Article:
Groups can use this information to investigate and report on occurrences at specific polling stations. However, these data are most potent in their aggregate form; this can allow groups to comment on the quality of the process as a whole, and to identify precisely irregularities that could have affected the election's outcome.


A successful quick count begins with a clear understanding and statement of the project's goals. Quick count leaders should identify their goals to facilitate both a strategic approach and a tactical plan. Potential goals include:

• deterring fraud; • detecting fraud; • offering a timely forecast of the results; • instilling confidence in the electoral process and official results; • reporting on the quality of the process • encouraging citizen participation; • extending organizational reach and skills building; and • setting the stage for future activities


Before a group commits to undertaking a quick count, it must determine whether one is feasible. In some cases, even if feasible, the requirements for a successful quick count are absent. Three basic conditions must be met: • observers must have access to polling stations and to counting centers; • the group must be credible (i.e., it has to be trusted by most key audiences on election day); and • the project needs to be supported by adequate resources.

Access to data Quick counts are based on actual observation of events. At the very least, observers must have free access to the voting and counting processes. Free access throughout the day from opening until close of the polls is indispensable if the observer group is to evaluate qualitative aspects of the process. Ideally, quick count groups should solicit and receive a document from election authorities guaranteeing observers free access to the polling station and the counting process at all levels.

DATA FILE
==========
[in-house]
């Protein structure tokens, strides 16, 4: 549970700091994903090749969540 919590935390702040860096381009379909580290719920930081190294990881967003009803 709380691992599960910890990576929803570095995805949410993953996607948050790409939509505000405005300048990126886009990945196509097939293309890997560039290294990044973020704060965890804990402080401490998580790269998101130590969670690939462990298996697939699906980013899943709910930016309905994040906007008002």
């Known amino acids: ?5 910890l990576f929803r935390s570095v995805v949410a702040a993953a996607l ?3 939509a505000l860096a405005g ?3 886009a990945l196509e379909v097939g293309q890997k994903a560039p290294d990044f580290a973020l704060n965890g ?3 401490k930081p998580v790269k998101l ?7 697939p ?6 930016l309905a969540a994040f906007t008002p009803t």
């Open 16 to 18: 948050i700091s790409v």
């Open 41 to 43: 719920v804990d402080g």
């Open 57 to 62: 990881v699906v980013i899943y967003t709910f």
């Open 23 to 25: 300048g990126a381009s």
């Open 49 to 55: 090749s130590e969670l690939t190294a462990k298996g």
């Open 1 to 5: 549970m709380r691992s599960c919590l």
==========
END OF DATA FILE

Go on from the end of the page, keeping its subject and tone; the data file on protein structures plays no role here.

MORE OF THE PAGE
Credibility with Audiences A civic group planning a quick count must be prepared to cultivate credibility with audiences it deems crucial to accomplishing its particular goals. For example, if the main goal is to deter fraud, electoral authorities and political parties are key audiences. If the goal is to instill public confidence in the process, it is important to build credibility with the general electorate.

Two main components of credibility are competence and independence. To promote an image of competence, groups themselves have to behave in a transparent manner. They should make public items such as charters, bylaws and financial statements. They should publicize their plans and methods, which should be sensible and feasible. Key audiences must also see a quick count sponsor as independent. To ensure this, groups may require that every individual leader, staff member and volunteer have no partisan political involvement. If this is not possible, the alternative is to create an organization that is politically representative and balanced.

Adequate Resources Significant human, technical and financial resources are required to conduct a quick count. Groups must tap into, or create, a nationwide network of volunteers; they must develop a large-scale data collection system. Funding is required to build and support the observer network and technical system.

Typically, this funding is obtained from sources such as international donor agencies or non-governmental organizations.Nearly every decision about the structure of a quick count has far reaching resource implications. Speed requires telephones and computers to collect and synthesize information. Accuracy demands more sophisticated systems to process data and complete reports. Comprehensiveness means more volunteers, more training and higher election-day costs.